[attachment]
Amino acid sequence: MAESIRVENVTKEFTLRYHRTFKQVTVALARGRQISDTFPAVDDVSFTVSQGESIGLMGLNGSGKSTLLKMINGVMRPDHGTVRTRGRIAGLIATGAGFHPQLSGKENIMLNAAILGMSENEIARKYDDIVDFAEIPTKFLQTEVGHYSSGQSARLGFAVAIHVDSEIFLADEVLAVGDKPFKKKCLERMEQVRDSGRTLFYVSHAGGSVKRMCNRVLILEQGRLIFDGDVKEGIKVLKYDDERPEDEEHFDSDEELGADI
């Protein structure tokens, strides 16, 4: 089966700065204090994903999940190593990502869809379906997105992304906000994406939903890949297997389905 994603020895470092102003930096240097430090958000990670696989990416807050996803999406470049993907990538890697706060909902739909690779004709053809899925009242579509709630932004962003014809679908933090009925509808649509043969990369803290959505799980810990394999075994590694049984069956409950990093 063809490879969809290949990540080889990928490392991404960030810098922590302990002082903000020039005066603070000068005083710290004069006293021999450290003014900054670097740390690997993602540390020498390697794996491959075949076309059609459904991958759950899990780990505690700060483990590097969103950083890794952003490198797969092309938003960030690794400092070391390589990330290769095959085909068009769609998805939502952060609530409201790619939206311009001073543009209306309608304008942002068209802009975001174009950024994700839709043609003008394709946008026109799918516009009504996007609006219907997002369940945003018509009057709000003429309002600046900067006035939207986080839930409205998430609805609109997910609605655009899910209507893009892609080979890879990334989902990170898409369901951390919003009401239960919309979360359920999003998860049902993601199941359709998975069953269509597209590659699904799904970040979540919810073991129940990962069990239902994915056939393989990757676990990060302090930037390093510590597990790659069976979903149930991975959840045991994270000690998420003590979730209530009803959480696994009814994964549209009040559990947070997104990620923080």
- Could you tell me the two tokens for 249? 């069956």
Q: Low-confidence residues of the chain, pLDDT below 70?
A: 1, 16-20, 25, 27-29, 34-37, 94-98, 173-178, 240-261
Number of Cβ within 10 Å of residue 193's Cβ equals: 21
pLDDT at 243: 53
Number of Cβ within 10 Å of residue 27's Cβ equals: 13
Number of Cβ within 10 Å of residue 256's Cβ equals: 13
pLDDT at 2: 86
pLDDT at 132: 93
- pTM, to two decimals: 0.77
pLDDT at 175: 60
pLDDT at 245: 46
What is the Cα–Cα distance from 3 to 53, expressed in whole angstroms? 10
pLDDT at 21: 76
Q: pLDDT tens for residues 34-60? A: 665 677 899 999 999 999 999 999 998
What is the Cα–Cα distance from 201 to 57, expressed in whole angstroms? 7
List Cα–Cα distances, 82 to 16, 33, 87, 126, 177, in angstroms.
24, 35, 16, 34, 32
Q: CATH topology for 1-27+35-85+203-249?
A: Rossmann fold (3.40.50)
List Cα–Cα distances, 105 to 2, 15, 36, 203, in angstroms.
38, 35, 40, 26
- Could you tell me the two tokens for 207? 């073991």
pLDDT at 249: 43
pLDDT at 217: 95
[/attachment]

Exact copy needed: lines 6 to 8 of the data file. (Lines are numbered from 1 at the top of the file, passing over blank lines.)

Number of Cβ within 10 Å of residue 193's Cβ equals: 21
pLDDT at 243: 53
Number of Cβ within 10 Å of residue 27's Cβ equals: 13